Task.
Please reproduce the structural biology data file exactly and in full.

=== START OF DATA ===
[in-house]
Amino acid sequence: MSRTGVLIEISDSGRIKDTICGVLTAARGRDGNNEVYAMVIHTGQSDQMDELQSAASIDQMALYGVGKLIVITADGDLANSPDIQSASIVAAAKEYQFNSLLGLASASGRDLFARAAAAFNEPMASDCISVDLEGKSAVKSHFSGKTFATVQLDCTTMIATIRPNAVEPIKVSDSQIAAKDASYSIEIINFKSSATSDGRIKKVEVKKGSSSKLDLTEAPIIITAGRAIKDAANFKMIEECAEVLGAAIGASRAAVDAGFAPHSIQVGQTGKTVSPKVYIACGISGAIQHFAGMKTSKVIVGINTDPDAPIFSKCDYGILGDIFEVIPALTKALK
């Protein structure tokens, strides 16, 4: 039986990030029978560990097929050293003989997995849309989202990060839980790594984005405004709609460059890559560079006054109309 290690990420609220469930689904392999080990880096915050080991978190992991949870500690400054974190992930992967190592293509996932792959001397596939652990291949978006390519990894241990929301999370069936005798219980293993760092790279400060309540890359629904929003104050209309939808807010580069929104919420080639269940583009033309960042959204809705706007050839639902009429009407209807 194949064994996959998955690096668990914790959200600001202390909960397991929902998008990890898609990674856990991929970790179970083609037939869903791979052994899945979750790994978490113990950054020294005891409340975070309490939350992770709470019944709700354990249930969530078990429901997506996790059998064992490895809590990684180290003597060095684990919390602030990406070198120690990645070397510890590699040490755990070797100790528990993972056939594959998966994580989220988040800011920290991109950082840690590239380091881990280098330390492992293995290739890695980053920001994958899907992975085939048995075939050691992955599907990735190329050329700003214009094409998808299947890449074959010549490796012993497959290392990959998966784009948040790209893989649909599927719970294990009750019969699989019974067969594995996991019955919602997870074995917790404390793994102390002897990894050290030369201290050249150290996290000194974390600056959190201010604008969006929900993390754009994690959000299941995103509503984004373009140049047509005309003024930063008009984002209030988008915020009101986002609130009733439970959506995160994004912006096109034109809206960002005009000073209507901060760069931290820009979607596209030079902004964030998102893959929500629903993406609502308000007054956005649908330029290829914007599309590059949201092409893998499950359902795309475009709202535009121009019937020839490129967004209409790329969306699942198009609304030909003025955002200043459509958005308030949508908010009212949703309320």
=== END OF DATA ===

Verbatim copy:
[in-house]
Amino acid sequence: MSRTGVLIEISDSGRIKDTICGVLTAARGRDGNNEVYAMVIHTGQSDQMDELQSAASIDQMALYGVGKLIVITADGDLANSPDIQSASIVAAAKEYQFNSLLGLASASGRDLFARAAAAFNEPMASDCISVDLEGKSAVKSHFSGKTFATVQLDCTTMIATIRPNAVEPIKVSDSQIAAKDASYSIEIINFKSSATSDGRIKKVEVKKGSSSKLDLTEAPIIITAGRAIKDAANFKMIEECAEVLGAAIGASRAAVDAGFAPHSIQVGQTGKTVSPKVYIACGISGAIQHFAGMKTSKVIVGINTDPDAPIFSKCDYGILGDIFEVIPALTKALK
């Protein structure tokens, strides 16, 4: 039986990030029978560990097929050293003989997995849309989202990060839980790594984005405004709609460059890559560079006054109309 290690990420609220469930689904392999080990880096915050080991978190992991949870500690400054974190992930992967190592293509996932792959001397596939652990291949978006390519990894241990929301999370069936005798219980293993760092790279400060309540890359629904929003104050209309939808807010580069929104919420080639269940583009033309960042959204809705706007050839639902009429009407209807 194949064994996959998955690096668990914790959200600001202390909960397991929902998008990890898609990674856990991929970790179970083609037939869903791979052994899945979750790994978490113990950054020294005891409340975070309490939350992770709470019944709700354990249930969530078990429901997506996790059998064992490895809590990684180290003597060095684990919390602030990406070198120690990645070397510890590699040490755990070797100790528990993972056939594959998966994580989220988040800011920290991109950082840690590239380091881990280098330390492992293995290739890695980053920001994958899907992975085939048995075939050691992955599907990735190329050329700003214009094409998808299947890449074959010549490796012993497959290392990959998966784009948040790209893989649909599927719970294990009750019969699989019974067969594995996991019955919602997870074995917790404390793994102390002897990894050290030369201290050249150290996290000194974390600056959190201010604008969006929900993390754009994690959000299941995103509503984004373009140049047509005309003024930063008009984002209030988008915020009101986002609130009733439970959506995160994004912006096109034109809206960002005009000073209507901060760069931290820009979607596209030079902004964030998102893959929500629903993406609502308000007054956005649908330029290829914007599309590059949201092409893998499950359902795309475009709202535009121009019937020839490129967004209409790329969306699942198009609304030909003025955002200043459509958005308030949508908010009212949703309320």